David Natelson can be reached by email at dhnate@natelsonsInc.comBack to top
My store can use a facelift, and I know that a Renovation Sale can drive additional business and help my cash flow. When is the best time to plan the construction and the sale?
The best-case scenario for planning construction or any other interruption of normal business always takes its lead from how to best maximize gross profit dollars or, more aptly in this instance, how to minimize the potential loss of gross profit dollars. The key question is during what time frame would business disruption have the most adverse effects on the business? Arguably, interruption at the commencement of the retail season will do the most harm to the business; accordingly, that’s the time not to plan construction.
Given the limited window to sell goods at full margin anyway, shortening the retail calendar due to construction would put the renovating retailer at risk with the financially strapped store that has new season shipments held back for credit reasons. In both cases, competitive disadvantages will be caused by the late start to the season—whether it be shortened opportunities for high margin selling (or conversely, a longer % of the season goods sell on sale), or worse, losing customers to competitors that fill the demand for fresh product early in the season. Accordingly, for a conventional mens store this means that construction, depending upon the season, should be completed no later than April 1st or October 1st, and preferably 15-30 days prior to that, given likely set backs in construction schedules.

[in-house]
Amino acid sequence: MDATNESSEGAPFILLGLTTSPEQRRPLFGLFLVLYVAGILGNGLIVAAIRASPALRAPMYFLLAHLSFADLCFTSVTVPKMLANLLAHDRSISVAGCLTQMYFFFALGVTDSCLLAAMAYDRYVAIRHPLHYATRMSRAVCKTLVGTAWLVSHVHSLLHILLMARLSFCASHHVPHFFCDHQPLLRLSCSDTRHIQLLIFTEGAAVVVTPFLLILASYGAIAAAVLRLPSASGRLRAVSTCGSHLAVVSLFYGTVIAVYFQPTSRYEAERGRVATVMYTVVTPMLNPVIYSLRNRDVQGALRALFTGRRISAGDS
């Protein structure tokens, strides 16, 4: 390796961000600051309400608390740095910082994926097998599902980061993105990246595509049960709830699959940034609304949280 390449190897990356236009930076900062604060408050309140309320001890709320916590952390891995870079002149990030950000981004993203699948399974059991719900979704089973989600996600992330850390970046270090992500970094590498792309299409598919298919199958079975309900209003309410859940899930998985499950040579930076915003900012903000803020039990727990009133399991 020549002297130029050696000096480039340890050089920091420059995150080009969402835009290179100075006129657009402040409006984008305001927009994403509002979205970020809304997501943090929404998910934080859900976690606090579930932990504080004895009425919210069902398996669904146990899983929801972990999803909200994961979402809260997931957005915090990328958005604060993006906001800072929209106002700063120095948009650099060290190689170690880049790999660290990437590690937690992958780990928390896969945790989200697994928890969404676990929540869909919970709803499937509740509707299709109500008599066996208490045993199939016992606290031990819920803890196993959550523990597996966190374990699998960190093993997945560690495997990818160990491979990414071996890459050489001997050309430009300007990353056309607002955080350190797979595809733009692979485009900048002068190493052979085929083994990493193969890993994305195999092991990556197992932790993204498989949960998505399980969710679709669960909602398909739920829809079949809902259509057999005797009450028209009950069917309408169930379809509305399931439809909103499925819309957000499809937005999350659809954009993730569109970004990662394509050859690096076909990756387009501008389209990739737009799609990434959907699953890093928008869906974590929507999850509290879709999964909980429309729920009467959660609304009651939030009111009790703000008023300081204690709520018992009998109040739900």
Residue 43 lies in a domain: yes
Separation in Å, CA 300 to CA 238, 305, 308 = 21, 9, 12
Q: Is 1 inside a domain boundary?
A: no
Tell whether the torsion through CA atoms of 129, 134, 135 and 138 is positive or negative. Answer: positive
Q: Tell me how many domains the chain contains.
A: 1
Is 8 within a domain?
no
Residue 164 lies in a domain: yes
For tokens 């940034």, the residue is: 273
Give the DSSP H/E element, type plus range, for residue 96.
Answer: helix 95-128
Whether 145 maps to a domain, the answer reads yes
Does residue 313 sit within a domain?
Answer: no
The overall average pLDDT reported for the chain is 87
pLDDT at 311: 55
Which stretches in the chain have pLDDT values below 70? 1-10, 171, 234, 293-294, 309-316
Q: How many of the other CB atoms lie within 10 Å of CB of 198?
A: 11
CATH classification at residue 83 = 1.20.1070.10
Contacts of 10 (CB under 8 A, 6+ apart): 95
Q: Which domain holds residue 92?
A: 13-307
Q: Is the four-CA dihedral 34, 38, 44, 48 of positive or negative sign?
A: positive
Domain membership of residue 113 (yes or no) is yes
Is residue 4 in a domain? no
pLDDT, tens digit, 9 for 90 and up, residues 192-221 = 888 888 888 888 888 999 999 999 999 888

The flip side to the construction schedule is how to maximize gross profit dollars prior to the period when business is disrupted. The anticipation of significant changes in the store environment creates an opportunity to conduct an extraordinary promotional sale. A Renovation Sale serves both to give advance notice to customers about the exciting upcoming plans for the store as well as to realize a competitive advantage by offering earlier-than-usual markdown opportunities due to the shortened retail calendar.
The best time to plan the sale has much to do with the financial health of the store. The healthier the store, the later the sale should commence and the shorter the sale period. Depending upon how long construction is expected to take, commencing a sale 15-30 days before typical clearance time will provide unique opportunities to capitalize on store goodwill to drive sales far in excess of last year business. If the store is experiencing downward sales, using a longer promotional period under a legitimate renovation theme will maximize the chance to thwart downward trends and raise cash.